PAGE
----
Romans suffered from body parasites just as much as Vikings, study finds

Despite reputation for hygiene, it seems the likes of intestinal worms and skin lice increased during Roman occupation

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The Independent Online

They gave us soap, hot baths and communal toilets. But when it comes to asking what the Romans did for us, it seems their fixation on personal hygiene did nothing to protect us from body parasites.

A study of the middens, latrines and burial grounds of ancient Britain has found evidence to suggest that parasites such as intestinal worms and skin lice actually increased during the Roman occupation compared to the preceding age of the great unwashed.

Archaeologists scoured the earth for signs of an improvement in personal hygiene after the Latin invaders established themselves as conquerors in AD43. But all they found in the discarded Roman combs and textiles, the latrines and fossilised faeces or “coprolites”, were more and more parasites, from the whipworm and roundworms of the gut, to the hair lice and fleas of the head.

The “ectoparasites” living outside the body on the skin and hair were it seems just as prevalent during the time of the Romans as in the following centuries when the country was invaded by Vikings, Danes, Angles and Saxons – a time when bathing was a notoriously niche activity. 

In fact, excavations suggest that the special combs used by the Romans to strip lice from their hair were always in demand and “delousing” may have been a daily routine right across the Roman Empire.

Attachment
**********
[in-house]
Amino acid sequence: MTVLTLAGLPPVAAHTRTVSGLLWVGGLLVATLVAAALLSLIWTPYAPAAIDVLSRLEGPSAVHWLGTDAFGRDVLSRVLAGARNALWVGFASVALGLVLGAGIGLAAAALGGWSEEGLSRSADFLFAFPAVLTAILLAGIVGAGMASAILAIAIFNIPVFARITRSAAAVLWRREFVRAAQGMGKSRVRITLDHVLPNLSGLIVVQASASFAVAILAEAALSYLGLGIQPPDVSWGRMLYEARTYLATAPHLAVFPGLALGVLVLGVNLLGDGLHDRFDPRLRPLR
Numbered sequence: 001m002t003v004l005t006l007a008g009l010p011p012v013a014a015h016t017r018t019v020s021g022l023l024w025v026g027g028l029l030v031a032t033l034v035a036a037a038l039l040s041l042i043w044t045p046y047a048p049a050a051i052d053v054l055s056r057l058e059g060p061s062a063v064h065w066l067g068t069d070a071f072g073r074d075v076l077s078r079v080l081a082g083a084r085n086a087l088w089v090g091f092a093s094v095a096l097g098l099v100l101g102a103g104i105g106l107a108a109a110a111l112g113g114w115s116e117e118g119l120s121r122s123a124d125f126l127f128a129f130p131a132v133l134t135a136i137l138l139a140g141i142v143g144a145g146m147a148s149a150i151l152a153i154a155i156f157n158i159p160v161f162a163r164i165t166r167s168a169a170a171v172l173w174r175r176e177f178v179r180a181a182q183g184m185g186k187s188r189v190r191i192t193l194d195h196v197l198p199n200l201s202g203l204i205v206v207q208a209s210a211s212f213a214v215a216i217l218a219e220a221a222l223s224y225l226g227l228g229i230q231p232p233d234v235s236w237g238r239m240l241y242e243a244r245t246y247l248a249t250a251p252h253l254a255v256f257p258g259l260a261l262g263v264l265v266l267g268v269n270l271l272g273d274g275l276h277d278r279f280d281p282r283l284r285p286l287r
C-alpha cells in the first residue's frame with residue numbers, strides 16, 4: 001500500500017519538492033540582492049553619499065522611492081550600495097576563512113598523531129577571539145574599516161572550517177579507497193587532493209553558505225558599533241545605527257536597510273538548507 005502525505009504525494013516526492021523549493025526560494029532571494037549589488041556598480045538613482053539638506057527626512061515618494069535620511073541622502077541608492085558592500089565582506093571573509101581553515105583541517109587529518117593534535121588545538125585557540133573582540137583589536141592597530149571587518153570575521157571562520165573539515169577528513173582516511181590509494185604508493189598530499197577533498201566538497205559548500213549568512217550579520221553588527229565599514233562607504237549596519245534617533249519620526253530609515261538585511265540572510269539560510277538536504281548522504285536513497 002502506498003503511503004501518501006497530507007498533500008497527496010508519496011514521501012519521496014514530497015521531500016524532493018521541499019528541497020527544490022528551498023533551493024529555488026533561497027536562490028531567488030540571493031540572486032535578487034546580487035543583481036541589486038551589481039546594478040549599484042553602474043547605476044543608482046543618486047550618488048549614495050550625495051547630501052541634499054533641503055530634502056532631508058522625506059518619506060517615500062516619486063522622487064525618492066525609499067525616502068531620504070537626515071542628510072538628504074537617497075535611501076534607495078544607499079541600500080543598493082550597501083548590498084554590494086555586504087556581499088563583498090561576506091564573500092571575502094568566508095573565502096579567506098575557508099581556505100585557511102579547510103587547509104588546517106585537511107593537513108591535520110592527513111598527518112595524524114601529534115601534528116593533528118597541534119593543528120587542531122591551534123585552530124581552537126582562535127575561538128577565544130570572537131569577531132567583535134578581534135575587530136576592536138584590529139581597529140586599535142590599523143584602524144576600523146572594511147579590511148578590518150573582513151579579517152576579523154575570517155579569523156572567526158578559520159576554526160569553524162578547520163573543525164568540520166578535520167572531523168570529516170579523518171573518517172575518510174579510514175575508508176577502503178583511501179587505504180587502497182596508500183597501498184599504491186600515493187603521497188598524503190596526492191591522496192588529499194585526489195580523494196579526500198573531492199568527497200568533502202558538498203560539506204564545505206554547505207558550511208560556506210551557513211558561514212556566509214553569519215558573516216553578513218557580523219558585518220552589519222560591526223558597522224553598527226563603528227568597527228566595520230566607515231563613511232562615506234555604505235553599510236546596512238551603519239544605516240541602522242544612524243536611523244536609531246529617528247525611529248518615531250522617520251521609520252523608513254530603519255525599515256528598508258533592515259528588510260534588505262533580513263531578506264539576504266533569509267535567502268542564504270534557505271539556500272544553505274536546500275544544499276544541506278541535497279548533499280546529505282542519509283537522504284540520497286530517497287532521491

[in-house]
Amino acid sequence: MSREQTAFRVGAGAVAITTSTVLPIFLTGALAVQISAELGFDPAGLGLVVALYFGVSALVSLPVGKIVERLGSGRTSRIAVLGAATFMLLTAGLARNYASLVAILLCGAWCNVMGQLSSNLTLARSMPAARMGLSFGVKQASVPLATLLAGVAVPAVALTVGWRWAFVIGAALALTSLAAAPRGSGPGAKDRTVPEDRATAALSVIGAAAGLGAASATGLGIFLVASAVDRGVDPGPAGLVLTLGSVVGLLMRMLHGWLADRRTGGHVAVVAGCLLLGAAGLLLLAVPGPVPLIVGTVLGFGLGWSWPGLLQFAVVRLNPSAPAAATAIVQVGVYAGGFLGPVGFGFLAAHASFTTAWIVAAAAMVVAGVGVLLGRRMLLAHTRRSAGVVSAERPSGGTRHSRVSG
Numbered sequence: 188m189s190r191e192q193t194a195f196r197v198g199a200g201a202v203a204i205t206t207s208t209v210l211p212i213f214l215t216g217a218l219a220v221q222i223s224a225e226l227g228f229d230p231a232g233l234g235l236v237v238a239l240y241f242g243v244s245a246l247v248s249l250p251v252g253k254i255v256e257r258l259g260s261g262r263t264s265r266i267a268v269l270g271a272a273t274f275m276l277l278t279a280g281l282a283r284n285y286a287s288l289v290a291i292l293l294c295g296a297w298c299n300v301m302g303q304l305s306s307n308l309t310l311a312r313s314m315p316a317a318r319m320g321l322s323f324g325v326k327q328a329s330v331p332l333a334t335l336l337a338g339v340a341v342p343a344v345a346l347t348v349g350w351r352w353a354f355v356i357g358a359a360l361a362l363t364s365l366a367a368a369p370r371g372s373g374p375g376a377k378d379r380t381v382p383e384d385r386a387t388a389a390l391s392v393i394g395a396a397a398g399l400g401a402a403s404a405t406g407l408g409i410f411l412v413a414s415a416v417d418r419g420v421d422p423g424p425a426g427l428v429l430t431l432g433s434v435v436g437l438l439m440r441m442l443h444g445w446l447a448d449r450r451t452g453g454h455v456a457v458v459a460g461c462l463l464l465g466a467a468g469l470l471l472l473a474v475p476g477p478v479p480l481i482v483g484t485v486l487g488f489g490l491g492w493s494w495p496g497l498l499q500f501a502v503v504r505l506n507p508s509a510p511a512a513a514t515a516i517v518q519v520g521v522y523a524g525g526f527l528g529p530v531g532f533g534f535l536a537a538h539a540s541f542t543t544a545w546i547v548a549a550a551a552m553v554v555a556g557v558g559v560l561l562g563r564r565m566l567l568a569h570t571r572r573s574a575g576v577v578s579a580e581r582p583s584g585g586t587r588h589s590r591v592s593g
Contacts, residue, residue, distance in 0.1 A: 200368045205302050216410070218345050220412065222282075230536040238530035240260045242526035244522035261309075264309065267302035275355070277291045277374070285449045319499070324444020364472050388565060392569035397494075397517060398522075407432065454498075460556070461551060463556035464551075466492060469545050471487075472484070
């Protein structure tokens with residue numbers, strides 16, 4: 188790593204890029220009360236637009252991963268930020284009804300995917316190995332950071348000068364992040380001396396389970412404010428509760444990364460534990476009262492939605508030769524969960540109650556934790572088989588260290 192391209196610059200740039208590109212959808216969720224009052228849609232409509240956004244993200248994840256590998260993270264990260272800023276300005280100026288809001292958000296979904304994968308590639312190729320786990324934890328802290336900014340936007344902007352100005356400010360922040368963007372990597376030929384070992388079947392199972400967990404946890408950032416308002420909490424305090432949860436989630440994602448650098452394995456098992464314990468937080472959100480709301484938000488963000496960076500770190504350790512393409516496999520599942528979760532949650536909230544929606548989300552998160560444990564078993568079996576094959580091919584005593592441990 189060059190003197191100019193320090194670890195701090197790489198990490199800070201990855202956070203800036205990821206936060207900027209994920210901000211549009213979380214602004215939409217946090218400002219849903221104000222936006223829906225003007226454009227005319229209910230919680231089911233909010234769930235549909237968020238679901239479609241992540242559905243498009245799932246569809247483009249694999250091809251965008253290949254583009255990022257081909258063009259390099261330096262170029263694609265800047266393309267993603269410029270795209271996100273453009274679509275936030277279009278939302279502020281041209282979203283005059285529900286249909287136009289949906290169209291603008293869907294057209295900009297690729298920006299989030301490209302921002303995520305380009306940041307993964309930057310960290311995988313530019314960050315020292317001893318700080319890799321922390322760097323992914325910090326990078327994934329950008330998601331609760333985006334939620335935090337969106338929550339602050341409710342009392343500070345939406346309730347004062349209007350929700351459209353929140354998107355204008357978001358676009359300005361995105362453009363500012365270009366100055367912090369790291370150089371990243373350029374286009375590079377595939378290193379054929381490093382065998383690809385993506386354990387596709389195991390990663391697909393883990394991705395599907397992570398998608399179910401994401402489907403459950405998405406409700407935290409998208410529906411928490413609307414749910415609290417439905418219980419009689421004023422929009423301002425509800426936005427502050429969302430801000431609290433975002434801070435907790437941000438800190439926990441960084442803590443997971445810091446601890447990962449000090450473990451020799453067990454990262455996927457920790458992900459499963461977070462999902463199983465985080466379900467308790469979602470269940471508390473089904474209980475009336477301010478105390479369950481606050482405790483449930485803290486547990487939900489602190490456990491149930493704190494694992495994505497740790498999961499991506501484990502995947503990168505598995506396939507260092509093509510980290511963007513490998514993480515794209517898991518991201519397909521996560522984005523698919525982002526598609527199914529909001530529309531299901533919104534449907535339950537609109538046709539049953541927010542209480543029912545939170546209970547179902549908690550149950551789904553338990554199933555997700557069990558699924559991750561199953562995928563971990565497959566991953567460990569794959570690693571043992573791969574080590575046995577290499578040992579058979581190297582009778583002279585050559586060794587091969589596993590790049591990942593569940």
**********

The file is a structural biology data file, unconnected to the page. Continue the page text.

The findings, published in the journal Parasitology, are at odds with what would be expected from regular washing with soap and hot water, and good public sanitation, according to Piers Mitchell, of Cambridge University’s department of archaeology and anthropology. “This latest research on the prevalence of ancient parasites suggests that Roman toilets, sewers and sanitation laws had no clear benefit to public health. The widespread nature of both intestinal parasites and ectoparasites such as lice also suggests that Roman public baths surprisingly gave no clear health benefit either,” Dr Mitchell said.

“It seems likely that while Roman sanitation may not have made people any healthier, they would probably have smelt better,” he said.

“Modern research has shown that toilets, clean drinking water and removing faeces from the streets all decrease risk of infectious disease and parasites. So we might expect the prevalence of faecal-oral parasites such as whipworm and roundworm to drop in Roman times – yet we find a gradual increase. The question is why?” he asked.

One possible explanation is that although the Romans were keen advocates of hot-water bathing, the high temperatures were also conducive to the spread of parasites, especially in bathing houses where the water was not changed regularly.

“Clearly not all Roman baths were as clean as they might have been,” said Dr Mitchell. Dirty water led to a build up of scum were parasites could have thrived while passing from one bather to another, he explained.

Another possible explanation comes from Roman innovations in public sanitation, exemplified by the communal toilets seen in many city centres, and the careful separation of human excrement rather than the use of open sewers.

Although the Romans realised the importance of public sanitation, this did not extend to a knowledge of the dangers of using human excrement as a crop fertiliser. Without several months of composting, the parasite eggs in faeces could survive on crops and be eaten with food, Dr Mitchell said.

“It is possible that sanitation laws requiring the removal of faeces from the streets actually led to reinfection of the population as the waste was often used in farms,” he said.